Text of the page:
scar or anything to indicate that acid had touched any part of the
canal leading to either eardrum. Plainly it would have been
impossible for defendant to have closed the external ears without
allowing the liquid used for that purpose to touch the canal
tissue. But plaintiff was not required specifically to show what
defendant did put in her ear, or that the treatment destroyed
either of her eardrums or made her deaf. If the evidence was
sufficient to justify a finding that defendant negligently put a
harmful fluid in her ears, causing her pain and injury, the motion
was properly denied.
As the credibility of witnesses and the weight to be given to
their testimony are for the jury, plaintiff's testimony as to the
treatment and immediate effect upon her and the testimony of others
as to her condition shortly afterwards constituted sufficient
evidence to warrant a finding that, instead of oil defendant
negligently put some
Page 281 U. S. 98
harmful liquid into her ears, thereby causing her pain,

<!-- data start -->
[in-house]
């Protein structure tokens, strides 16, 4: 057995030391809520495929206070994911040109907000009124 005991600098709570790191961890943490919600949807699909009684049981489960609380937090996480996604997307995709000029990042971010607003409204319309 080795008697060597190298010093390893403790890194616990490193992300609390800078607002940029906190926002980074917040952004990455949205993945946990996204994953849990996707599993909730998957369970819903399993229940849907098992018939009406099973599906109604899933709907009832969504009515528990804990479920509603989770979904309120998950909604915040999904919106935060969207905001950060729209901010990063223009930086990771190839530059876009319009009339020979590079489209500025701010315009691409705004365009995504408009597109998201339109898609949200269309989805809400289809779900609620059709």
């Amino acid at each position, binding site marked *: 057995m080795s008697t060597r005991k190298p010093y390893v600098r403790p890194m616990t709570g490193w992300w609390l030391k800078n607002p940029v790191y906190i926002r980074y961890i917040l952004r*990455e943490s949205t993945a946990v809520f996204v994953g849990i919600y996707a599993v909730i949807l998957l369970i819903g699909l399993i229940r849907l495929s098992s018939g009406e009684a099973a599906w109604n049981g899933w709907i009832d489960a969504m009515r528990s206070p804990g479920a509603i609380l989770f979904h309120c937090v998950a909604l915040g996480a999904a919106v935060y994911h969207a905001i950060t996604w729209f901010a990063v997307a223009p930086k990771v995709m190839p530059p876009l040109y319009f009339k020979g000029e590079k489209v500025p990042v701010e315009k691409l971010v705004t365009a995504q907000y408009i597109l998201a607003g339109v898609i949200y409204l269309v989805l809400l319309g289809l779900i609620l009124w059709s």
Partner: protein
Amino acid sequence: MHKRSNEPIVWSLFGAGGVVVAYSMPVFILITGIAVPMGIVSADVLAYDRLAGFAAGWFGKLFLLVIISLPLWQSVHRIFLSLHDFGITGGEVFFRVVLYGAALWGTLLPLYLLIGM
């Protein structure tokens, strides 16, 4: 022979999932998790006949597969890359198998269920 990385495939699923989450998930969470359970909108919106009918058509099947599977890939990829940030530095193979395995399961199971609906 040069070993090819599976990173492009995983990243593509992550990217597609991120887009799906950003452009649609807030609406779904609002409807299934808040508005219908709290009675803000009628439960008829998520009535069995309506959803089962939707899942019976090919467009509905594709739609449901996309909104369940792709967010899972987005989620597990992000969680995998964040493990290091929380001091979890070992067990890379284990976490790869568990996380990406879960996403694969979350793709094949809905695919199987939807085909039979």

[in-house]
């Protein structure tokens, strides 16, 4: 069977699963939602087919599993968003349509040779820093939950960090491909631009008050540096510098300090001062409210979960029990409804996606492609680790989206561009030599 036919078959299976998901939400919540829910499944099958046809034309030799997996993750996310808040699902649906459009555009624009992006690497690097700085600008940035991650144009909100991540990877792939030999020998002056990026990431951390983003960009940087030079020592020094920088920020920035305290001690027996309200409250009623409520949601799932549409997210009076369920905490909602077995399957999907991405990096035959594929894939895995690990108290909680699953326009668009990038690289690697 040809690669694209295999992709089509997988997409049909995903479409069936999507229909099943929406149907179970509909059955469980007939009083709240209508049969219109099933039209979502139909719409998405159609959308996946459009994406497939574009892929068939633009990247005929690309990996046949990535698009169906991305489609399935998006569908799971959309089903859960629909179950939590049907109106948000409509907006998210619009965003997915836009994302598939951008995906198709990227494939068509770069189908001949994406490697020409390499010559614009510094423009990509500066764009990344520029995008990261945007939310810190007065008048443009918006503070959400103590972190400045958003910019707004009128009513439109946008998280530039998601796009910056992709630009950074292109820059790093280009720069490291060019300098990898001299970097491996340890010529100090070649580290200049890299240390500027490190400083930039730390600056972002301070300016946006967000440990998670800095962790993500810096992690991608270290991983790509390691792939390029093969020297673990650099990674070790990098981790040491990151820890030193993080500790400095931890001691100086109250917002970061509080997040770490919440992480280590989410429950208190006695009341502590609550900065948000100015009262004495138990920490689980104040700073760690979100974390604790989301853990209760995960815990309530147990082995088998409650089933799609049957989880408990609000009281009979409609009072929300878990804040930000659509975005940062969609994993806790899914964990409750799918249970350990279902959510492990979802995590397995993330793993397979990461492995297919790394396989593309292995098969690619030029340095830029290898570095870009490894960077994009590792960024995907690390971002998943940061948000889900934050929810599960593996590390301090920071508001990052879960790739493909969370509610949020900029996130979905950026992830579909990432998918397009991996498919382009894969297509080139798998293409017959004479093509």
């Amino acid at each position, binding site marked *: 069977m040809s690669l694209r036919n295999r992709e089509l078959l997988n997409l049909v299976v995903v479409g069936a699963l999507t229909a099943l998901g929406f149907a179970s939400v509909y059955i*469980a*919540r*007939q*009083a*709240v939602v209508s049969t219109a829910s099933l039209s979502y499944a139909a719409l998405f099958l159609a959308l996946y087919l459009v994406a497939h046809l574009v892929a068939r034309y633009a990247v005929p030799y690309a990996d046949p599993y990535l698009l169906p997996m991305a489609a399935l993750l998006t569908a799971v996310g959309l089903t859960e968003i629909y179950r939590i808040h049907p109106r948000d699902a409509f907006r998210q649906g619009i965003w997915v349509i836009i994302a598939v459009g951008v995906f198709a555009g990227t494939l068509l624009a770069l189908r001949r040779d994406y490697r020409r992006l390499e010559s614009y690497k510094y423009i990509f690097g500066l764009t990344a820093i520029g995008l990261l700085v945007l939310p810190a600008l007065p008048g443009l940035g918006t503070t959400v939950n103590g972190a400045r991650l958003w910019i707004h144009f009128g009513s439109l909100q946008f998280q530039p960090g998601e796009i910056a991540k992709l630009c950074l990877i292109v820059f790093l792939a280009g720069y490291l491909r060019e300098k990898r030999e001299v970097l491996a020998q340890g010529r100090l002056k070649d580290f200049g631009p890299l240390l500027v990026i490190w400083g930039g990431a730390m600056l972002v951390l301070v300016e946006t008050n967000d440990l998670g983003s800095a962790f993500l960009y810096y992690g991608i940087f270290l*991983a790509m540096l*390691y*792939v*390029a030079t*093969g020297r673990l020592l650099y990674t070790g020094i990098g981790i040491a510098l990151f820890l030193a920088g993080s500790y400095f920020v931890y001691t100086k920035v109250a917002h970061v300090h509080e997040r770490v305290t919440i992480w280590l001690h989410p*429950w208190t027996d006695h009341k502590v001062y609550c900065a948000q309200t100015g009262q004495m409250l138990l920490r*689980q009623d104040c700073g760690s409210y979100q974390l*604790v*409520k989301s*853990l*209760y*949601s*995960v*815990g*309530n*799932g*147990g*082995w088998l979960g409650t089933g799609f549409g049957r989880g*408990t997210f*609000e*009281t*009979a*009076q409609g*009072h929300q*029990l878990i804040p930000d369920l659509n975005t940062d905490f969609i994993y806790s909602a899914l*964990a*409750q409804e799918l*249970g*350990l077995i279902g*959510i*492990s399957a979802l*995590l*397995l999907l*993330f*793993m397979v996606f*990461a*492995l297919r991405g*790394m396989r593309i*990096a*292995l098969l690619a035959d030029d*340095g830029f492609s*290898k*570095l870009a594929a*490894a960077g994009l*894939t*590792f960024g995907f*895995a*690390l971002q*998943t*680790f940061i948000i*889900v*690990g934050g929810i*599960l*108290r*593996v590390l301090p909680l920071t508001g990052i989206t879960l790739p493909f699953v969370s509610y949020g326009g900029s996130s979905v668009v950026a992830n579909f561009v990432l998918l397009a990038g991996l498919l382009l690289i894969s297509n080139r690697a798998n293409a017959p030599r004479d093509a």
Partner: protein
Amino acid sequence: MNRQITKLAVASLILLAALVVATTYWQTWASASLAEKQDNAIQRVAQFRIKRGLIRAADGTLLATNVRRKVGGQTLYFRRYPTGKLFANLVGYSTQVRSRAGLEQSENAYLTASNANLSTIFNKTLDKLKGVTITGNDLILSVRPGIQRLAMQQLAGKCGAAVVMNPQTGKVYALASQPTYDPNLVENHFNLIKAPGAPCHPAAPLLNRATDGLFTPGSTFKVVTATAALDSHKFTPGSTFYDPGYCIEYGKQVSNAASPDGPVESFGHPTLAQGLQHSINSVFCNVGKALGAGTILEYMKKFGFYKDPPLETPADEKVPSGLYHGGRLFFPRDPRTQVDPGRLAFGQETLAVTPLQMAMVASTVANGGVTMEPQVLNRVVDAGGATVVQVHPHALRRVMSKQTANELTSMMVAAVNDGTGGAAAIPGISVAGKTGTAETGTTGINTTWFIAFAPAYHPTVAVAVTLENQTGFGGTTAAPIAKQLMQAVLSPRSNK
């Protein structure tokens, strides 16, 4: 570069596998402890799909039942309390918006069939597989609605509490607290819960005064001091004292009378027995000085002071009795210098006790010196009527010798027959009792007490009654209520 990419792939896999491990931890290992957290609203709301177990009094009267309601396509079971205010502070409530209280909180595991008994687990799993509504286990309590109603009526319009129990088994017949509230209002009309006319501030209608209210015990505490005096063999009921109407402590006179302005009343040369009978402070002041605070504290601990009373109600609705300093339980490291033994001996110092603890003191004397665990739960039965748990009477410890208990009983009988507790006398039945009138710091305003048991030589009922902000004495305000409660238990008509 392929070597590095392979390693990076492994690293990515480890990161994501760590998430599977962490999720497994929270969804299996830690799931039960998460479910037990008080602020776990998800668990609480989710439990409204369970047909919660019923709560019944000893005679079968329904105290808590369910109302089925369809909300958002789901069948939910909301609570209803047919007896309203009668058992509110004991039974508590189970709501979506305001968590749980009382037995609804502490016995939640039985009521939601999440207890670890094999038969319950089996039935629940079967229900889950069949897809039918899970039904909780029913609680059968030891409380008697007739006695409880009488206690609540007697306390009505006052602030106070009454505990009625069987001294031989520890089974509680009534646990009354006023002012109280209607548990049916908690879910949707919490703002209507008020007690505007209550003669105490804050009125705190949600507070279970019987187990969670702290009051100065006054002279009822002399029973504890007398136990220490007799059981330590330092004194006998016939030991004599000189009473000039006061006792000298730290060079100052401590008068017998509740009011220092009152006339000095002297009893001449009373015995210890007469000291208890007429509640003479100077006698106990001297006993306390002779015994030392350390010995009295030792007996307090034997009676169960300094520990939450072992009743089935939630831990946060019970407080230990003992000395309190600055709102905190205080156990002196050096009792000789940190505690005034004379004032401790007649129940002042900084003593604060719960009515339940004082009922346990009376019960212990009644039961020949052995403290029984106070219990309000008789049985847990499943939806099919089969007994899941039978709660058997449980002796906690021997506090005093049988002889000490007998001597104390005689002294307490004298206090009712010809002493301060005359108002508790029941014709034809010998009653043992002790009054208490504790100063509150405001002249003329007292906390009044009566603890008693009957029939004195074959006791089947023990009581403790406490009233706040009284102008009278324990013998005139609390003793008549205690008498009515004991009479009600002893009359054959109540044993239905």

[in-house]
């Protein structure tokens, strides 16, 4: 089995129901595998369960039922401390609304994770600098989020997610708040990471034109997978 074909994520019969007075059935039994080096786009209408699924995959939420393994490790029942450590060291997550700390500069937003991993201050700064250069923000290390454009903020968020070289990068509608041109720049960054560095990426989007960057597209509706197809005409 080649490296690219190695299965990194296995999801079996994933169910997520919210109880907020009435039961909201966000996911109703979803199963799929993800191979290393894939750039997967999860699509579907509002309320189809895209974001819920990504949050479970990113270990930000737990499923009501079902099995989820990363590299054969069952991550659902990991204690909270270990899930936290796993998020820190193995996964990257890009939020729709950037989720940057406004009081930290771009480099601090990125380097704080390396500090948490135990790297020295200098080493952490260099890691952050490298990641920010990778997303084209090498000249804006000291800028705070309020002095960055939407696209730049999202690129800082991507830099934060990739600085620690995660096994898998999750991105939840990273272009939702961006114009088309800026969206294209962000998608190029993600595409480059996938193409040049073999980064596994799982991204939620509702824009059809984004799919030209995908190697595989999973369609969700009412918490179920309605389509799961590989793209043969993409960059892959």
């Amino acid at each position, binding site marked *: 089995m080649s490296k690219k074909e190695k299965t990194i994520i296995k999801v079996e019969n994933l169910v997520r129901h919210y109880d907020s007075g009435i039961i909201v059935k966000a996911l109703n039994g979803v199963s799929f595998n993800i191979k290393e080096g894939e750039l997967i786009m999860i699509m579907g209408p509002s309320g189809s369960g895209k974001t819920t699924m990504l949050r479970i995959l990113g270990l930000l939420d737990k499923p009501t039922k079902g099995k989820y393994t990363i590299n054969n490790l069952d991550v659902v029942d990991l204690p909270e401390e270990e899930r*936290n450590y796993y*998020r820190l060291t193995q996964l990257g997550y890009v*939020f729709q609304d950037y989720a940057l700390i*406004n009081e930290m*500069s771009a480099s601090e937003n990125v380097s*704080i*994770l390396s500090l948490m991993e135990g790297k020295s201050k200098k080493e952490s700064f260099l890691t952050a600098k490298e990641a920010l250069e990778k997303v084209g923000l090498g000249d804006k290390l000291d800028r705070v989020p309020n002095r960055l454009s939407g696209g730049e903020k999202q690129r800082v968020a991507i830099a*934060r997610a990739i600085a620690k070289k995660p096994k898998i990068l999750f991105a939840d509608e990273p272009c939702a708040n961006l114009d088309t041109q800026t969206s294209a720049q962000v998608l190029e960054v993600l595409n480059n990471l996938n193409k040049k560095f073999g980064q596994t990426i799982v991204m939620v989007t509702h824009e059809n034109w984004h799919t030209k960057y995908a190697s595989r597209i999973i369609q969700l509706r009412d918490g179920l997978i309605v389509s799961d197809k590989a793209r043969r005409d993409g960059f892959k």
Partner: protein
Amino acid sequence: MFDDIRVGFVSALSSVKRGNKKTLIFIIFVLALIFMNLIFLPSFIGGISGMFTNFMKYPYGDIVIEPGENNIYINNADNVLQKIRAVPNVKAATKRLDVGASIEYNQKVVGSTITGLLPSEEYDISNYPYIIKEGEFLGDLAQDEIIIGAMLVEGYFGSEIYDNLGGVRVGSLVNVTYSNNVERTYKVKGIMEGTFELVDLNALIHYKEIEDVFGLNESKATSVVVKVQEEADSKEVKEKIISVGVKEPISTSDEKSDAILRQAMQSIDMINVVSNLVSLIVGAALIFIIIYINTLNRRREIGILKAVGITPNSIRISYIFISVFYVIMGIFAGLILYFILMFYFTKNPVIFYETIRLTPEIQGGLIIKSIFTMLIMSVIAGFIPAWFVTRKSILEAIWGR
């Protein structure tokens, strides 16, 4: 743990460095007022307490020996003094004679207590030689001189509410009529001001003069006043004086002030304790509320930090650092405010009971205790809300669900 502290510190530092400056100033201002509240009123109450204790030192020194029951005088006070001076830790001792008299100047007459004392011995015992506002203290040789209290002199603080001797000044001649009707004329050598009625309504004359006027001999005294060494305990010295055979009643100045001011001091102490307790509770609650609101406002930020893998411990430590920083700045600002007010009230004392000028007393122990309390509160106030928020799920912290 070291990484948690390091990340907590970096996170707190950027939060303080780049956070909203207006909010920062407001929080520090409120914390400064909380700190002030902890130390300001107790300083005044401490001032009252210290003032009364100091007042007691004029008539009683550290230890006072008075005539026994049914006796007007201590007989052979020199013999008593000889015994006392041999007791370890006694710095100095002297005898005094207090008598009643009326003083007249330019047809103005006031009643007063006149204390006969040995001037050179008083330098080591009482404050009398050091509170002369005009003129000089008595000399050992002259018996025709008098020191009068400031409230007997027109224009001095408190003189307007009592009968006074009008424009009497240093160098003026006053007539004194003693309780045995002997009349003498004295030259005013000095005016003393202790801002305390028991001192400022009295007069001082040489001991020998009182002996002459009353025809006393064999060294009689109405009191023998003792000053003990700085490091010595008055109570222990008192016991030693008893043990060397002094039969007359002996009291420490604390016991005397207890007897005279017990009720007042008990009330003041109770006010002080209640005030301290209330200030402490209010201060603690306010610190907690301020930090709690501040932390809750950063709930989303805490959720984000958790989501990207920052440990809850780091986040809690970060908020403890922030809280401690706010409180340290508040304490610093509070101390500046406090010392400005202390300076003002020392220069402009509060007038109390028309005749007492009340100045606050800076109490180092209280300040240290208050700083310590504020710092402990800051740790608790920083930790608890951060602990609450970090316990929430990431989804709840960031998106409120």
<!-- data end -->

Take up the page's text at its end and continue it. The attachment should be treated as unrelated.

suffering, and some injury in and about her ears. It was not
necessary for the trial court in passing upon the motion to
determine, and we need not consider, whether under the rules laid
down in the decisions of this Court, the evidence was sufficient to
warrant a finding that the perforation of either eardrum or
permanent deafness resulted from defendant's treatment.
Defendant seeks reversal on a number of grounds that were not
mentioned in his petition for the writ. But this Court is not
called on to consider any question not raised by the petition.
Webster Co. v. Splitedorf Co., 264 U.
, 264 U. S.
* And see Phoenix Ins. Co. v. Doster, 106 U. S.
, 106 U. S. 32
Montclair v. Dana, 107 U. S. 162
107 U. S. 163
People's Savings Bank v. Bates, 120 U.
, 120 U. S.
-562; North Penn. Railroad v. Commercial
Bank, 123 U. S. 727
123 U. S. 733
Kane v. Northern Central Railway, 128 U. S.
, 128 U. S. 94
Delaware, etc., Railroad v. Converse, 139 U.
, 139 U. S. 472
Elliott v. Chicago, Milwaukee, etc., Railway, 150 U.
; Union Pacific Ry. Co. v. McDonald,
152 U. S. 262
152 U. S. 283
McGuire v. Blount, 199 U. S. 142
199 U. S. 148
Empire state Cattle Co. v. Atchison Ry. Co., 210 U. S.
, 210 U. S. 10
Delk v. St. Louis & San Francisco R. Co., 220 U.
, 220 U. S. 587
Baltimore & Ohio R. Co. v. Groeger, 266 U.
, 266 U. S. 524
Chicago, M. & St. P. Ry. Co. v. Coogan, 271 U.
, 271 U. S. 478
St. Louis-San Francisco Ry. v. Mills, 271 U.
, 271 U. S.
-348; New York Central R. Co. v. Ambrose,
280 U. S. 486